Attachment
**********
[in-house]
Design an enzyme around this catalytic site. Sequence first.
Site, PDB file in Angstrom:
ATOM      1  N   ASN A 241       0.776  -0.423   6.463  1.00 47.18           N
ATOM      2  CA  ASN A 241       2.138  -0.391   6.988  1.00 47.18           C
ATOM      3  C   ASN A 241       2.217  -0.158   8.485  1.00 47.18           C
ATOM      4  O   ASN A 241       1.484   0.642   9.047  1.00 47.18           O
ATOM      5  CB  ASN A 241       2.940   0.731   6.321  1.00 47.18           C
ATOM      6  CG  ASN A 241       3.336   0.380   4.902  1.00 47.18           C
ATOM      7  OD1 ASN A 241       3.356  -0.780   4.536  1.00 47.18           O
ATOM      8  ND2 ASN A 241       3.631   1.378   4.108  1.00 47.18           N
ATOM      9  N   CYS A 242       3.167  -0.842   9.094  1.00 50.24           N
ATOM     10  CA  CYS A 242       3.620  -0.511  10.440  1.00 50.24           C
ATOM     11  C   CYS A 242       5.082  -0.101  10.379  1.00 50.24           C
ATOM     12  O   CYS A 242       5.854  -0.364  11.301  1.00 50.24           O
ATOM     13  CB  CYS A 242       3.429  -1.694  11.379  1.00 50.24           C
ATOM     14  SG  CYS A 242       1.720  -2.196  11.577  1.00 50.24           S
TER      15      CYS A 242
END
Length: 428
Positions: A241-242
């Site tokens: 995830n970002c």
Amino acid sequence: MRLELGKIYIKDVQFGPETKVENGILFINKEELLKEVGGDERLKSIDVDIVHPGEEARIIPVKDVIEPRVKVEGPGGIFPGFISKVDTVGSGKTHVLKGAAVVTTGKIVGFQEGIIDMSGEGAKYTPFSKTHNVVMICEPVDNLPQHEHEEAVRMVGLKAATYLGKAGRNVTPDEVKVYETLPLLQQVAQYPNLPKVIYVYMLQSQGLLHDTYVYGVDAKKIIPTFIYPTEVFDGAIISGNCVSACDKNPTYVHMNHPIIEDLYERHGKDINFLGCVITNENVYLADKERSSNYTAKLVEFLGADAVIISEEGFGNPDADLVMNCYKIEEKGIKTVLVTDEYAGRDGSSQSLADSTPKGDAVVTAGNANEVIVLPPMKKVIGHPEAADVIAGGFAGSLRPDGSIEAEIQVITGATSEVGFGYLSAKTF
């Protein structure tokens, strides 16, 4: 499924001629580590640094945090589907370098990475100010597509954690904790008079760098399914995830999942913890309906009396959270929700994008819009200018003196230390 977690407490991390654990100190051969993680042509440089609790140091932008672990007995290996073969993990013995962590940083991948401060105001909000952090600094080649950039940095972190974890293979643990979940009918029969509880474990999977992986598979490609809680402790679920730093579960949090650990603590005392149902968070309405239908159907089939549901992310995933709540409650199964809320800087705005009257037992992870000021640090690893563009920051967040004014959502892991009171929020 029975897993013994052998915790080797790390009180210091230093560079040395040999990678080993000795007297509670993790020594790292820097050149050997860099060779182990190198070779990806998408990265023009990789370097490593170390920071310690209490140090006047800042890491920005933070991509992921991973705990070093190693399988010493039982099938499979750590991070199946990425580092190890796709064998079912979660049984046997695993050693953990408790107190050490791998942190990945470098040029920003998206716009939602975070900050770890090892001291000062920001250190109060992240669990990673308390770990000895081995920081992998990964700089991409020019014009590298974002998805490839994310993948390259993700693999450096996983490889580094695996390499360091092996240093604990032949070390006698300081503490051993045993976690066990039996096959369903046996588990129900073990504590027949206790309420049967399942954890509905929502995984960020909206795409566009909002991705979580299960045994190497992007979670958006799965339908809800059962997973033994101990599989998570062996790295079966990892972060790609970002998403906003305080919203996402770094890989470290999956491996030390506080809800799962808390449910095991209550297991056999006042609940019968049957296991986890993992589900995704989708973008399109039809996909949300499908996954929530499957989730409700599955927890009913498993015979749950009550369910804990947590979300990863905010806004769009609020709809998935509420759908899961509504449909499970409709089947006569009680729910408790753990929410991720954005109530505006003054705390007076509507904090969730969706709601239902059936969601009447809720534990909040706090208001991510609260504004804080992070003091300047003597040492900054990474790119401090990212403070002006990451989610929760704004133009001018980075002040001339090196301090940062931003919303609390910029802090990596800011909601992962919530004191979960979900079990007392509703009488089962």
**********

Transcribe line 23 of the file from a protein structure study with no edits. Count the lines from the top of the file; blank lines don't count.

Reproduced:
Amino acid sequence: MRLELGKIYIKDVQFGPETKVENGILFINKEELLKEVGGDERLKSIDVDIVHPGEEARIIPVKDVIEPRVKVEGPGGIFPGFISKVDTVGSGKTHVLKGAAVVTTGKIVGFQEGIIDMSGEGAKYTPFSKTHNVVMICEPVDNLPQHEHEEAVRMVGLKAATYLGKAGRNVTPDEVKVYETLPLLQQVAQYPNLPKVIYVYMLQSQGLLHDTYVYGVDAKKIIPTFIYPTEVFDGAIISGNCVSACDKNPTYVHMNHPIIEDLYERHGKDINFLGCVITNENVYLADKERSSNYTAKLVEFLGADAVIISEEGFGNPDADLVMNCYKIEEKGIKTVLVTDEYAGRDGSSQSLADSTPKGDAVVTAGNANEVIVLPPMKKVIGHPEAADVIAGGFAGSLRPDGSIEAEIQVITGATSEVGFGYLSAKTF